In an earlier post, I asked and answered the question, “How do you know when you’ve written an inspired creative brief?”
I have another thought on this subject.
As a direct-response creative director and copywriter, I believe in testing the creative I produce. Test and learn is a de facto strategy.
So it stands to reason that the ideal test of a creative brief, inspired or otherwise, is to, you know, test it.
Try this if you dare:
Put two creative teams to work on the same project. One with a creative brief. One without.
Okay, I can already hear some of you snickering.
“Yeah, most of the time what passes as a creative brief is really no brief at all. That’s no test.”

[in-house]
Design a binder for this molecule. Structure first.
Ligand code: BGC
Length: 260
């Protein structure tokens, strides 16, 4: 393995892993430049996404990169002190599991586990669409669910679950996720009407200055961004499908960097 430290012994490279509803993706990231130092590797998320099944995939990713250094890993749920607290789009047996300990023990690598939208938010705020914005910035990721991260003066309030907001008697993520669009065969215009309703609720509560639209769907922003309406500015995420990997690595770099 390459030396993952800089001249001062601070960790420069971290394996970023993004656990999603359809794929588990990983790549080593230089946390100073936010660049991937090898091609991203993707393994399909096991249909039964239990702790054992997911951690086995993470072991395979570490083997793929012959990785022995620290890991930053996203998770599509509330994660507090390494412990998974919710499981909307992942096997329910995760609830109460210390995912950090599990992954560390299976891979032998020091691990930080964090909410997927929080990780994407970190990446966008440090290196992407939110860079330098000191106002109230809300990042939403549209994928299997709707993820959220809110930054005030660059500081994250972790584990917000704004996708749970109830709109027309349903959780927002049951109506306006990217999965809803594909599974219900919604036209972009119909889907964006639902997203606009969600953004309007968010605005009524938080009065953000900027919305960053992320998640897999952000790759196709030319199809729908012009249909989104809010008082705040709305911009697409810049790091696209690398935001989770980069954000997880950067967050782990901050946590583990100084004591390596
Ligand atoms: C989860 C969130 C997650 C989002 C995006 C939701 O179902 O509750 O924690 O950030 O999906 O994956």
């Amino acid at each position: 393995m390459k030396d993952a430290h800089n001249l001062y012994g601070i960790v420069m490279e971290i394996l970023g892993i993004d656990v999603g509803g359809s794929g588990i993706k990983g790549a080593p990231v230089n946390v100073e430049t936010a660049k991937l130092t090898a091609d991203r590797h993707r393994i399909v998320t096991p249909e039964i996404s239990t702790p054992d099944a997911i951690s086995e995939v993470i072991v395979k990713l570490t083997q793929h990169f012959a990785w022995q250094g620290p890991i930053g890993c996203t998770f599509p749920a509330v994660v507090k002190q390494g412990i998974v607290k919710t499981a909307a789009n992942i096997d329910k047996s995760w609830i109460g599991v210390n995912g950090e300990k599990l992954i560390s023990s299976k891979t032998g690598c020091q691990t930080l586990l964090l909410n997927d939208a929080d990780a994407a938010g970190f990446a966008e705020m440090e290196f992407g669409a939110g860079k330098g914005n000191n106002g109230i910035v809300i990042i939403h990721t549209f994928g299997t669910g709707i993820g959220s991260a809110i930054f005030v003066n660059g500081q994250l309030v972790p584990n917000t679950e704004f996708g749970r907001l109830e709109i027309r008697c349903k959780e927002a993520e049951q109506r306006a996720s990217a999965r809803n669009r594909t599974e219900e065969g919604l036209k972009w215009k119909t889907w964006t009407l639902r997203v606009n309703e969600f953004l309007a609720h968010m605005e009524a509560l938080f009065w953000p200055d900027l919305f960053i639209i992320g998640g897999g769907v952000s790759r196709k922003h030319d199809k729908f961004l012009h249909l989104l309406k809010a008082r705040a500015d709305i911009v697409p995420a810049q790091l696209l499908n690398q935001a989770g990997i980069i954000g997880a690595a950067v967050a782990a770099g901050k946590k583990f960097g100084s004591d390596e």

I can also hear the senior creatives laughing.
“We end up saving the suits’ butts because the briefs they give us aren’t worth the paper they’re written on, so we just figure it out.”
Fair enough. I’ve been in that exact situation many times.
So here’s the catch:
Try this test using junior creatives. The ones who haven’t endured poorly written or mediocre briefs. The ones who haven’t cut their teeth on tough assignments.
Give one team no brief, just a few minutes of oral instructions.
Give the other team a well-written creative brief.
Then see what happens.
Even intrepid juniors without a brief will figure things out. They may even surprise you.
But why put anyone through that hassle when a creative brief can do the heavy lifting for them.
By the way, that wasn’t a question.